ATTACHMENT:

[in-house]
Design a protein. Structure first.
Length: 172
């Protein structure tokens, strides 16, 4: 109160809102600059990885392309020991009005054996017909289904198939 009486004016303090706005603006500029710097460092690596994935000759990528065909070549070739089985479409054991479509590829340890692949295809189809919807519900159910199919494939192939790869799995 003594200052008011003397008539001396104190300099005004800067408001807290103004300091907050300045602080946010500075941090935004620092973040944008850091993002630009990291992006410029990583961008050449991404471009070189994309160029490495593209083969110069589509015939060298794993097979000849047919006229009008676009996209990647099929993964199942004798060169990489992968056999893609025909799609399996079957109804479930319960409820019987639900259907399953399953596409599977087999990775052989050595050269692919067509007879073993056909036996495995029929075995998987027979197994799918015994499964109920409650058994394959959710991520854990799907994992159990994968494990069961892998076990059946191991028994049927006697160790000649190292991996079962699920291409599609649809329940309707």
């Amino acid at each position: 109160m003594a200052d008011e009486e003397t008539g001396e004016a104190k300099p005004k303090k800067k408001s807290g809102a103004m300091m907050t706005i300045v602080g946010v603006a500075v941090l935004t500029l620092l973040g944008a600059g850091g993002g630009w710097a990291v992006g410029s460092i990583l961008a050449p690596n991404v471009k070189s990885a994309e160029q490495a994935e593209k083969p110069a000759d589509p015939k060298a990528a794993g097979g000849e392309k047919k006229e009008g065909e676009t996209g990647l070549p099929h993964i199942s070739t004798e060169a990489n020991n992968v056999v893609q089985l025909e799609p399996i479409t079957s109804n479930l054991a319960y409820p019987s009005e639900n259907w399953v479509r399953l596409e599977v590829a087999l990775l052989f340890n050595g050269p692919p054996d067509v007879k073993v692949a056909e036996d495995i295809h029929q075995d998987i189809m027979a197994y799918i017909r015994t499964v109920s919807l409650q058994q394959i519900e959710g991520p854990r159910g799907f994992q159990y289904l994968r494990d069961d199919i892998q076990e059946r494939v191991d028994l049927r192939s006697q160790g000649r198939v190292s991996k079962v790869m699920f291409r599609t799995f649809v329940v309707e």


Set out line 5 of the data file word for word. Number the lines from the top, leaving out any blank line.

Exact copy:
């Amino acid at each position: 109160m003594a200052d008011e009486e003397t008539g001396e004016a104190k300099p005004k303090k800067k408001s807290g809102a103004m300091m907050t706005i300045v602080g946010v603006a500075v941090l935004t500029l620092l973040g944008a600059g850091g993002g630009w710097a990291v992006g410029s460092i990583l961008a050449p690596n991404v471009k070189s990885a994309e160029q490495a994935e593209k083969p110069a000759d589509p015939k060298a990528a794993g097979g000849e392309k047919k006229e009008g065909e676009t996209g990647l070549p099929h993964i199942s070739t004798e060169a990489n020991n992968v056999v893609q089985l025909e799609p399996i479409t079957s109804n479930l054991a319960y409820p019987s009005e639900n259907w399953v479509r399953l596409e599977v590829a087999l990775l052989f340890n050595g050269p692919p054996d067509v007879k073993v692949a056909e036996d495995i295809h029929q075995d998987i189809m027979a197994y799918i017909r015994t499964v109920s919807l409650q058994q394959i519900e959710g991520p854990r159910g799907f994992q159990y289904l994968r494990d069961d199919i892998q076990e059946r494939v191991d028994l049927r192939s006697q160790g000649r198939v190292s991996k079962v790869m699920f291409r599609t799995f649809v329940v309707e």